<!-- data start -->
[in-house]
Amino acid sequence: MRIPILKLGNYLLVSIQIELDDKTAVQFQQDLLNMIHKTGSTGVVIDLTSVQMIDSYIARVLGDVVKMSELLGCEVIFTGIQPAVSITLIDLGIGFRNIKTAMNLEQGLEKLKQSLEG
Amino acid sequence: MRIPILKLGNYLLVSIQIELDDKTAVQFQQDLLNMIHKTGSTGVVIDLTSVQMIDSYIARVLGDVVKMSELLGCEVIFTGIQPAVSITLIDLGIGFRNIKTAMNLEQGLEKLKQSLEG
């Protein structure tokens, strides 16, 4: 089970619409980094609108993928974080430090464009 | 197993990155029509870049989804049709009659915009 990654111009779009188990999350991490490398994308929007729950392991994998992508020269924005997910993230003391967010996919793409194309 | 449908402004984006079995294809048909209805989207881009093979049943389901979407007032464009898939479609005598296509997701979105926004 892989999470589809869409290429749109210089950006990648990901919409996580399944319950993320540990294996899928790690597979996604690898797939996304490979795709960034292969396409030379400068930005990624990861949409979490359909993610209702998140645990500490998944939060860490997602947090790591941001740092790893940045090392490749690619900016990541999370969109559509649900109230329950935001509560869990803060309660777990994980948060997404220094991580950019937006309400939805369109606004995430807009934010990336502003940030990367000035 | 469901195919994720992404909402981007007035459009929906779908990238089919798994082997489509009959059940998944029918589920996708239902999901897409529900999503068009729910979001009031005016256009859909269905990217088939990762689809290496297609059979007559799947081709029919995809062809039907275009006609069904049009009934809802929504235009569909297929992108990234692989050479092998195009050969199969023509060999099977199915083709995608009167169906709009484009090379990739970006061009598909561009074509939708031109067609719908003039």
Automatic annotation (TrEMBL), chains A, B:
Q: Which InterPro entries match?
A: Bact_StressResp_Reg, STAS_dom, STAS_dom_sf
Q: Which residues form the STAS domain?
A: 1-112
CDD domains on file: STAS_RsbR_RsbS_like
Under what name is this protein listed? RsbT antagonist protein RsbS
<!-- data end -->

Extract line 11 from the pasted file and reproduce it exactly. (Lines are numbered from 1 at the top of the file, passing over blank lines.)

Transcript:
Under what name is this protein listed? RsbT antagonist protein RsbS